SpearTip | July 9th, 2019

Government Agencies Alert Healthcare Industry To Eminent Cyber Threats.

Since August, both the FBI and the National Institute of Science and Technology (NIST) have issued announcements and warnings to the healthcare industry about lack of proper cyber security, and vulnerabilities for being attacked, when it comes to devices and controls using the Internet of Things (IoT).

IoT controlled devices are commonplace throughout the industry from doctors’ offices to hospitals with advanced Intensive Care Units, to medical research facilities. Unfortunately, these devices are often under-protected compared to their more traditional IT cousins, and are prime breach targets for cyber predators, who can often gain full network access with relative ease when gaining entry through equipment using IoT technology.

Because IOT devices add convenience and efficiency to workflow, their growth has accelerated rapidly, with 50 billion devices expected to be in service by 2020. Cyber security protocols for these devices simply have not kept up with demand.

Q: Are There Specific Devices Our Hospital Should Prioritize That Might Be Particularly Vulnerable To Attack?

According to the FBI, IoT devices that are being specifically targeted are wide and varied. They include everything from connected medical devices, routers, wireless radio links, time clocks, and streaming devices, to IP cameras, smart door locks, and network attached storage devices.

Q: Why Can’t Companies Like SpearTip Or Our Internal Team Simply Use The Same Cyber Security Measures For Our IT And Our IoT Devices?

Believe me, I wish the world could be that easy. But IoT devices and controls operate in real world environments that are much different than their IT counterparts. Here’s a great example: Most IT environments feature automatic patching. Given the ramifications of IoT devices, based on the critical nature of their uses, patching and updating a device could lead to a momentary service interruption, resulting in patient endangerment, or even death in the case of a life support system.

Q: Why Are More Cyber Criminals Suddenly Targeting IoT Devices?

The FBI answers your question far more succinctly than I could, in this case. “IoT proxy servers are attractive to malicious cyber actors because they provide a layer of anonymity by transmitting all Internet requests through the victim device’s IP address — Cyber actors use the compromised device’s IP address to engage in intrusion activities, making it difficult to filter regular traffic from malicious traffic.”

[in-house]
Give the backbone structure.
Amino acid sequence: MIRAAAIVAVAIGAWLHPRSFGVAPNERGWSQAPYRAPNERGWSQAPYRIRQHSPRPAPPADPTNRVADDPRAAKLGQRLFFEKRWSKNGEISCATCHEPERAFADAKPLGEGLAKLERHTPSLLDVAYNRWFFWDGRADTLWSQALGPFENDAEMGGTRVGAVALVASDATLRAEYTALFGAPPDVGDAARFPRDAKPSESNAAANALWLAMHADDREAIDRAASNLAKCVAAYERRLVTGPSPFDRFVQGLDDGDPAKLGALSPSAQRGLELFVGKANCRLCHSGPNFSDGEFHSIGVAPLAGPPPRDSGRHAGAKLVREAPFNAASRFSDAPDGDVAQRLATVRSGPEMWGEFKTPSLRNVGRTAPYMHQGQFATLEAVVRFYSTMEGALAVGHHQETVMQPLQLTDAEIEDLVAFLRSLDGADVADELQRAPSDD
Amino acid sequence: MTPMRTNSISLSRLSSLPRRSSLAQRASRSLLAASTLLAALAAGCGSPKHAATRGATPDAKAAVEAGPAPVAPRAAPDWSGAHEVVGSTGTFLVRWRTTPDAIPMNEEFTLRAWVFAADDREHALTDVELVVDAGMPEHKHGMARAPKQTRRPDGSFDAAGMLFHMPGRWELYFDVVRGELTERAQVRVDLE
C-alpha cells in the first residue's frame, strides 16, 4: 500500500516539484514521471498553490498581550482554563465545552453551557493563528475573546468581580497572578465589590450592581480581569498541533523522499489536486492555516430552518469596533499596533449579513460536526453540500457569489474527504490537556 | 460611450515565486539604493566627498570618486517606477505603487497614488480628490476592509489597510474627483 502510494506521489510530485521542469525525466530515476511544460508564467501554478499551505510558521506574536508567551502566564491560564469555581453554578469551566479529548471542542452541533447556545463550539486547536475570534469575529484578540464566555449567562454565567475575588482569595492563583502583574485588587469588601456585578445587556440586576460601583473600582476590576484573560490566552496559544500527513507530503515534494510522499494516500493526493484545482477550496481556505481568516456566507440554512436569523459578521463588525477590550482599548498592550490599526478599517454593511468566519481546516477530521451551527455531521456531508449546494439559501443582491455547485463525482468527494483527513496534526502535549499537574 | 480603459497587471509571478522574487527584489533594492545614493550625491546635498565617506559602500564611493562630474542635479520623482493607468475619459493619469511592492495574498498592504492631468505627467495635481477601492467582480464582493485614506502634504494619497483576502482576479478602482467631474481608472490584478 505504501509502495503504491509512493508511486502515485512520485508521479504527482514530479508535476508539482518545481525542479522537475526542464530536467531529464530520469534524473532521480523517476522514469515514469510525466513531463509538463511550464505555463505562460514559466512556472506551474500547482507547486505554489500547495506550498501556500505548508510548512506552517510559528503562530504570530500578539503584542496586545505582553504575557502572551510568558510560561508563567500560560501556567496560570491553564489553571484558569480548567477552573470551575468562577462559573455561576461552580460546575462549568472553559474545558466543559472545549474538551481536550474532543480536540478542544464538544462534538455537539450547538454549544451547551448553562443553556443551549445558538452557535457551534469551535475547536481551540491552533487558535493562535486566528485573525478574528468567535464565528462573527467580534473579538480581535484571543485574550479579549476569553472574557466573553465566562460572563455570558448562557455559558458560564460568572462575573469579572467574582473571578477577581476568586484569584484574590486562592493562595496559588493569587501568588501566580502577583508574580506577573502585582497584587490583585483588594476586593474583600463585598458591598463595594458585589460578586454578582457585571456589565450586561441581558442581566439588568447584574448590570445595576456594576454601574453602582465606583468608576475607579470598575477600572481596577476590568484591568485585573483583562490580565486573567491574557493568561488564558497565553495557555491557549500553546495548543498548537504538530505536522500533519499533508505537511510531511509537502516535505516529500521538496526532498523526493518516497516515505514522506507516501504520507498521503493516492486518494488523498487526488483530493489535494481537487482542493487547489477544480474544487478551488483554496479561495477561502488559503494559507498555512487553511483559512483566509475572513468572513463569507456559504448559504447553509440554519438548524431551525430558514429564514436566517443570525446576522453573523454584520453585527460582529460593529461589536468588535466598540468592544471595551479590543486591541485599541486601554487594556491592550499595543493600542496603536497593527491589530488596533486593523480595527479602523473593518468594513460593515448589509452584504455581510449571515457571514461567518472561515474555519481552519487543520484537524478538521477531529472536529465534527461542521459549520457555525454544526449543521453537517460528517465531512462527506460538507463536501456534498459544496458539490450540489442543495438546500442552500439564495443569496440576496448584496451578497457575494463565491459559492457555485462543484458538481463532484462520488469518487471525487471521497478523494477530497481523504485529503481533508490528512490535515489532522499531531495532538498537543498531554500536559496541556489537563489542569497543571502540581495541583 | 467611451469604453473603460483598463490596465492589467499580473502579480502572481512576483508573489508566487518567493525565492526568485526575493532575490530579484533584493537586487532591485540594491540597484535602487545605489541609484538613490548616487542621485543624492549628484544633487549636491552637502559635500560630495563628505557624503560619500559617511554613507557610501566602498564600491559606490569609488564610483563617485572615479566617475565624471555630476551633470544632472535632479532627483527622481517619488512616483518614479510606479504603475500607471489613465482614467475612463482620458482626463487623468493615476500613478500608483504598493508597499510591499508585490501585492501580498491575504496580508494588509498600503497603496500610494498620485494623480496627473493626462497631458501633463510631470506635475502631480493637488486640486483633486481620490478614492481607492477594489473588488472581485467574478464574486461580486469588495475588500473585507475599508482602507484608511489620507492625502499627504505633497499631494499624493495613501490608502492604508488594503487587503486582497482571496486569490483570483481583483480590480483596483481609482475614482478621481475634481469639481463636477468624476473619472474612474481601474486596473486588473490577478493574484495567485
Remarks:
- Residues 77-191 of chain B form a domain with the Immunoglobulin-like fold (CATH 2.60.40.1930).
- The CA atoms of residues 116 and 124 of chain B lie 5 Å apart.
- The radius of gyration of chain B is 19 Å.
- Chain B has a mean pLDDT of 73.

Q: What Are Some Things Malicious Threats Look For When Searching For Breachable Targets?

Vulnerabilities in IoT devices that attract attackers include weak authentication, unpatched firmware or other, similar software vulnerabilities, and most commonly default usernames and passwords.

Q: Is There Anything In Particular Our Internal Security Team Should Look For To Indicate A Possible Breach?

We always recommend that internal teams work with a third-party resource, such as SpearTip, to uncover anomalies that could indicate a breach. A good starting check list would include looking for indicators of compromised devices, particularly a major spike in internet use and charges, devices or internet connections running slowly and irregularly, and unusual outgoing traffic patterns compared to similar use periods.

Q: What Are Some Of Things We Can Do To Help Protect Ourselves Against Attackers?

For starters, we suggest using the FBI’s basic checklist. Performing these tasks along with a third-party cyber security provider will allow you to set up new security protocols and reporting structures for critical data and use. You should also have your executive, management, security and care teams participate in tabletop exercises, where you are placed in a real time, controlled breach environment, to experience and understand best practices during a cyberattack.

Again, use the FBI list as a starting point. Just remember what we always tell everyone: Compliant equals complacent. Going above the accept norm is what will keep you safe.

• Change default usernames and passwords

• Use endpoint detection and response tools regularly and ensure it’s up to date

• Ensure all IoT devices are updated and patched regularly

• Configure network firewalls to block traffic from unauthorized IP addresses and disable port forwarding

• Isolate IoT devices from other network connections through both physical network separation and network segmentation

• If you suspect a compromise or intrusion, do not reboot or turn off your system. Unplug the network connection or disable wireless connectivity and call in an expert third-party resource to conduct an Active Memory Analysis as soon as possible.